Picture this: You’re walking around town with your headphones on, listening to your favorite jam. You look up, and all of a sudden, amid the clouds, you see construction cranes–only these aren’t regular construction cranes. These cranes have grown tired of lifting things. They said, “Forget this high-rise, man.” And so these cranes began to dance, spinning and sashaying frenetically to the music in your head.
That’s (sort of) what happened to Brandon Vickerd, a Canadian artist and professor at York University, who teaches art theory and installations. “There was this weird moment where the music in my headphones seemed to sync with some construction cranes,” he says. “I decided to run with it.”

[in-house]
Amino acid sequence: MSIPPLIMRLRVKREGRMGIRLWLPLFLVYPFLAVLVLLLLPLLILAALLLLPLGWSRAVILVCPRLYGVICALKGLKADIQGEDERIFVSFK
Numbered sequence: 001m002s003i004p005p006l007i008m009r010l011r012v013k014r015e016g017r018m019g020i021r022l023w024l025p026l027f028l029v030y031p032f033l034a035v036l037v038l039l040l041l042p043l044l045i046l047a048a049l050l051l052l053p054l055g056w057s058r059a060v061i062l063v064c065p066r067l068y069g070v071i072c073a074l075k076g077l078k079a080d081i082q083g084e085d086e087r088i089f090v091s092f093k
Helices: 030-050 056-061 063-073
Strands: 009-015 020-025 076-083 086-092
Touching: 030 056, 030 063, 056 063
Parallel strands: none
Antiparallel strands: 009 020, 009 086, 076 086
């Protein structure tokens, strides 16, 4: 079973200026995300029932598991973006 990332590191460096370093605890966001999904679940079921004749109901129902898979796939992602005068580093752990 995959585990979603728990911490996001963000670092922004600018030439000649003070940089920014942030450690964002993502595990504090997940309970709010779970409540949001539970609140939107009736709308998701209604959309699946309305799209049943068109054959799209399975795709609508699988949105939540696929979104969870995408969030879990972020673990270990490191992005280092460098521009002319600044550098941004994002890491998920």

The result was a 2009 performance called “Dance of the Cranes” in Toronto, where two high-rise cranes got their groove on for one night. “I focus on making works of art that are in the public realm that aren’t permanent, but that really get people to think about the urban center around them,” he says.
Now Vickerd is bringing his dancing cranes to DC for the infinitely creative Capital Fringe Festival on July 15. At 8:15 PM, you can plop yourself on the grass at Milian Park (499 Massachusetts Ave., NW) and watch two cranes get down for a 45-minute dance. And because no dance party is complete without a soundtrack, the performance includes ambient music, which will be blasted throughout the streets.
The event, of course, is free.
The Capital Fringe Festival runs from July 9 to August 2.